It was 1989, despite the howling winds, sleet and freeze all around us I felt secure and warm in the sleeping bag my parents had bought me. Our tent was pitched on the slopes of Mt Rupaehu white out conditions had ensued and a blustering wind raged outside. I was one of several teenage boys holed up in the tent as part of a weekend exercise for the boarding school I was attending.
It was the first mountain craft weekend at Tihoi. Tihoi was a six month “venture school” modelled on outward bound to which St Paul’s sent all it’s fourth formers. I found the students at this school weird. I was an urban middle class boy, (though my grandparents were working class). I had attended state schools my whole life and since intermediate it was common to have several Maori and pacific Islanders in my class. I had even been friends with some. The kids at Tihoi were different. Most of them came from rural farming backgrounds; they had been in elite boarding schools since age seven. There was only one Maori at our school, though we only spoke a couple of times, I admired him immensely; he was one of the most motivated people I had ever met. Inga’s father was a minister and clearly was committed to his son’s development. Inga voluntarily did twice as many cross country runs a week as was required and did it in hiking boots to ensure he was being physically challenged. This while others slacked of and tried to get away with not doing any and the rest of us did the bare minimum to avoid getting in trouble. Inga topped the school in academic achievement as well he came first in science ( at St Pauls we ranked each other and the rankings were known to all). He was different to the Maori had experienced in previous schools, who were almost always low achievers academically, often obese, and frequently flirting with criminal activity. Prior to that point, I had developed some unfair sterotypes of Moari people. Inga for ever shattered these. I felt the need to repent before God for holding these views.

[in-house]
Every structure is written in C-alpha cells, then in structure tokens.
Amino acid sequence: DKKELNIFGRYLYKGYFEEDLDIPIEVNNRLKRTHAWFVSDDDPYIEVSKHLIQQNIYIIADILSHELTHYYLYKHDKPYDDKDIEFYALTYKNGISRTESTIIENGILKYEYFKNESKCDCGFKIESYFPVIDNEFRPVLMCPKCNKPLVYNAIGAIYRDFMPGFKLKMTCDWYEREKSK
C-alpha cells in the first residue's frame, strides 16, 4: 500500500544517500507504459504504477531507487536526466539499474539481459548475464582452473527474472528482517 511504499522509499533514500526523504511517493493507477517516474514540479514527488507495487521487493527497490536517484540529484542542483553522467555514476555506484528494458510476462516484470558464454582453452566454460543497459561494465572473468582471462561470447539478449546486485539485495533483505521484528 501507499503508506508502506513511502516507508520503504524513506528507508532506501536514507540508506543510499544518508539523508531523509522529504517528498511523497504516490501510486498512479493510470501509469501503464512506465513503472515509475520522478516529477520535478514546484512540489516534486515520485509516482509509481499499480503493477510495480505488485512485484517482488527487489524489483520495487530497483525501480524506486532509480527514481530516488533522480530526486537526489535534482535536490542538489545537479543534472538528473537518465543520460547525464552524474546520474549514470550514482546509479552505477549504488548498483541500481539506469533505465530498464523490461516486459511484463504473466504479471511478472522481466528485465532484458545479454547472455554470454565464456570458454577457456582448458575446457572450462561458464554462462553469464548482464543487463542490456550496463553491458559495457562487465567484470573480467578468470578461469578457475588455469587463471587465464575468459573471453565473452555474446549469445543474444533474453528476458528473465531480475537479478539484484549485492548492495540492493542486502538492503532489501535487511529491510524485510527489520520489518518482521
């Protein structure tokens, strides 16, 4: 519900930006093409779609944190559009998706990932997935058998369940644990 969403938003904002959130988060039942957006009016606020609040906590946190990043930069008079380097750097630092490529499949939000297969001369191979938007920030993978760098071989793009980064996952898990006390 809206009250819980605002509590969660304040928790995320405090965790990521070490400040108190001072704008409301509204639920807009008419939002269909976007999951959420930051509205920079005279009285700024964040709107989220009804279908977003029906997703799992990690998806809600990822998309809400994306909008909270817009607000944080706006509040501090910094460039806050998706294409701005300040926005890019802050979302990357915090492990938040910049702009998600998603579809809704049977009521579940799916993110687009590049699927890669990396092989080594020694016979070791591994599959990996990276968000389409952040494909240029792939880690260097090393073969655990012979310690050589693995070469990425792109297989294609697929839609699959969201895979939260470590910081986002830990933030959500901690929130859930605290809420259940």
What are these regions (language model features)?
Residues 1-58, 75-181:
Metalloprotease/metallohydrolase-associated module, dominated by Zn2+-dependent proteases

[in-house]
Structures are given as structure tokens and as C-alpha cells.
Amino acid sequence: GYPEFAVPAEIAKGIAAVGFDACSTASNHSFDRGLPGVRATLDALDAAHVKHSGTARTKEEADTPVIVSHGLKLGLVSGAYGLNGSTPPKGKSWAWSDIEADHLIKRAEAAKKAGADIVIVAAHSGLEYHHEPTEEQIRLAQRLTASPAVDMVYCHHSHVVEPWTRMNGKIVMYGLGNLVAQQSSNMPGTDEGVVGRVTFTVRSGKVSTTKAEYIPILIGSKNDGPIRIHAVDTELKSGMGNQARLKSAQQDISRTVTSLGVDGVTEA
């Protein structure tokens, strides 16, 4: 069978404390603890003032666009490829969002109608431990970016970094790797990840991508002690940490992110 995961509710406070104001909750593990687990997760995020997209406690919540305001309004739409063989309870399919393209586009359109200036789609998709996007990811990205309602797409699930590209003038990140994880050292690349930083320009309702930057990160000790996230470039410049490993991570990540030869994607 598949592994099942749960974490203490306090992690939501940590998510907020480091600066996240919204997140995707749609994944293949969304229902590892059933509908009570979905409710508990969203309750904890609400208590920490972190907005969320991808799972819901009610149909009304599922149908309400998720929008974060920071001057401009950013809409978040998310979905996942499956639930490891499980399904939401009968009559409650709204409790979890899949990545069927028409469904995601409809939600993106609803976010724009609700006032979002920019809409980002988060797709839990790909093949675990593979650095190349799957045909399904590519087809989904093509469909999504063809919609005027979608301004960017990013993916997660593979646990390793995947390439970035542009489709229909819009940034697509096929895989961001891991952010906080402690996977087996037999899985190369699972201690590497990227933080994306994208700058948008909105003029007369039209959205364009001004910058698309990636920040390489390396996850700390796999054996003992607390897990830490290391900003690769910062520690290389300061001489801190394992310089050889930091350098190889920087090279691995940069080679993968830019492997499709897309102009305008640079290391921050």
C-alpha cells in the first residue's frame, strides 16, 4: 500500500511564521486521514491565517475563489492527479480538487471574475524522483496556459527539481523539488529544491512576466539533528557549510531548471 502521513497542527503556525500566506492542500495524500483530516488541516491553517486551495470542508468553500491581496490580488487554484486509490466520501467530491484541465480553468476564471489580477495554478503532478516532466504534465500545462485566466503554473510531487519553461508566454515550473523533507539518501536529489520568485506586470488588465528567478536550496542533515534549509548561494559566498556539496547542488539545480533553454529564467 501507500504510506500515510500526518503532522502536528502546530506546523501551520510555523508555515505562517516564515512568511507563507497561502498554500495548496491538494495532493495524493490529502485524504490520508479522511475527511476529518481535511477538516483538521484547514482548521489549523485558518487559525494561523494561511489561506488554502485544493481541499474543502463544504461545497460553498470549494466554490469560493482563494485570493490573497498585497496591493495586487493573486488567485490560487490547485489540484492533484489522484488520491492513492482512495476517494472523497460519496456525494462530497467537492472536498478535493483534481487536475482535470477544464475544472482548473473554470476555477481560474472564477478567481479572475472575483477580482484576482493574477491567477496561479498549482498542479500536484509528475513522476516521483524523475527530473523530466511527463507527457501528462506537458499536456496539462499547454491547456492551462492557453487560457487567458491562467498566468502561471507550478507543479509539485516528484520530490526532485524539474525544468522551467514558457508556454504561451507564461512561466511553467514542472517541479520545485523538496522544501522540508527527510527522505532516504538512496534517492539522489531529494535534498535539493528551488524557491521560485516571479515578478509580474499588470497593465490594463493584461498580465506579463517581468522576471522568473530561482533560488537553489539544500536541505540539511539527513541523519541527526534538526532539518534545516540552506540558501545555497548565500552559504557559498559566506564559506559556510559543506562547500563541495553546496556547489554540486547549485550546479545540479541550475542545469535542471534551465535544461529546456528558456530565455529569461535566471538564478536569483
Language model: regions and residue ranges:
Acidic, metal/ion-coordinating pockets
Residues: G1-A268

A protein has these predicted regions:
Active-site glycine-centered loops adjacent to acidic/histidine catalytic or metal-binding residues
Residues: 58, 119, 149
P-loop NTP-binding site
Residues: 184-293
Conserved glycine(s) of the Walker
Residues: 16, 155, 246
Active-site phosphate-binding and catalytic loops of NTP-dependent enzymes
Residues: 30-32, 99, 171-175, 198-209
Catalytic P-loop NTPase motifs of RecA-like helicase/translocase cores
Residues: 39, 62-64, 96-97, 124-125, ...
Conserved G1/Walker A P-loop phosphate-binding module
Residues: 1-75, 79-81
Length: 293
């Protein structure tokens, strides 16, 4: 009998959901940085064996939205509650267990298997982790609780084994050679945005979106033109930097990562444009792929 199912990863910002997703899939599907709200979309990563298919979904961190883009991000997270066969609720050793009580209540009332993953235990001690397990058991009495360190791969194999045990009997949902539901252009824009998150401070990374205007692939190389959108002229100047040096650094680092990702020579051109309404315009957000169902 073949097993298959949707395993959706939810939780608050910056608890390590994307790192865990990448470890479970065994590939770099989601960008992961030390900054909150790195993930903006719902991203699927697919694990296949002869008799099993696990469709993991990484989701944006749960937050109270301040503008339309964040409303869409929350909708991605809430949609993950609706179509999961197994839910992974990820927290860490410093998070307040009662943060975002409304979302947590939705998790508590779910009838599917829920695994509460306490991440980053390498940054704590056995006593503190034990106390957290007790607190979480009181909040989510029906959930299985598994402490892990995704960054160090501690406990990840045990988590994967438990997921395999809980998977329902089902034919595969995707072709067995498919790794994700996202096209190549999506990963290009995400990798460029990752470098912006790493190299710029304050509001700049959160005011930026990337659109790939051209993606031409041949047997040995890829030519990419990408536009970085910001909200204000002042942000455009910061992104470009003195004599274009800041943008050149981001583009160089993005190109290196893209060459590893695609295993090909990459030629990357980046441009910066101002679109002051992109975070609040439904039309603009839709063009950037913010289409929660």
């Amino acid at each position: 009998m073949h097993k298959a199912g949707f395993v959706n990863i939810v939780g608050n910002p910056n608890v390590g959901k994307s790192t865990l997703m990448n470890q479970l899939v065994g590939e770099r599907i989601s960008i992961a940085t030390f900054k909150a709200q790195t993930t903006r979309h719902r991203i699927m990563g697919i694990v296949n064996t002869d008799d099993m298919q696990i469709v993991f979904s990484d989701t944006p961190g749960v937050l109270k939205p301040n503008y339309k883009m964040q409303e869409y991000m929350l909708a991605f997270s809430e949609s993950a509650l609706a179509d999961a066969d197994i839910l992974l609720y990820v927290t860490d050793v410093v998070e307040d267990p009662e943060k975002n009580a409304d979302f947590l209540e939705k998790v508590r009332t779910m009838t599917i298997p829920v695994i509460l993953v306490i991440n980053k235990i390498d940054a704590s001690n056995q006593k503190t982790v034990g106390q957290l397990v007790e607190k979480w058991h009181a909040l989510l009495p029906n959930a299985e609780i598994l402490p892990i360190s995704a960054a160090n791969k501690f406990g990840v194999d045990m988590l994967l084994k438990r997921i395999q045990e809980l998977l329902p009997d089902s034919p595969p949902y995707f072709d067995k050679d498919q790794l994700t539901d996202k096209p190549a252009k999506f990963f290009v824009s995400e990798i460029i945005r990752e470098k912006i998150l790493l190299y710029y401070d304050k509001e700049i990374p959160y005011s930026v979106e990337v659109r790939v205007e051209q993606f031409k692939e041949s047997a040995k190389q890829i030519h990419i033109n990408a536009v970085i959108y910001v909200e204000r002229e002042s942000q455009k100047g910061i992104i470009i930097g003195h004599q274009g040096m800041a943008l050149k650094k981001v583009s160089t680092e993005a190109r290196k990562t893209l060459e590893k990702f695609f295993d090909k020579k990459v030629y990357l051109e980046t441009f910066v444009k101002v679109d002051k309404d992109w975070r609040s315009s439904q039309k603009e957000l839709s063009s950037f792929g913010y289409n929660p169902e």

But something else happened at Tihoi, and I remember vividly the conversation on that mountain. As we lay awake at night talking one of the students informed me passionately how his father was part of an anti Maori group, how NZ would be served better if all the “niggers” as he called them, were made to live in the south Island and Pakehas lived in the north Island. He was adamant that this is what Maori deserved and they had asked for it. I was somewhat appalled by this, yet few of the other boys in the tent seemed fussed at all. Another student expressed disdain that Inga “that nigger” was even at the school. When Inga was not in ear shot they referred to him as “coon” I was horrified, this was New Zealand after all, not South Africa.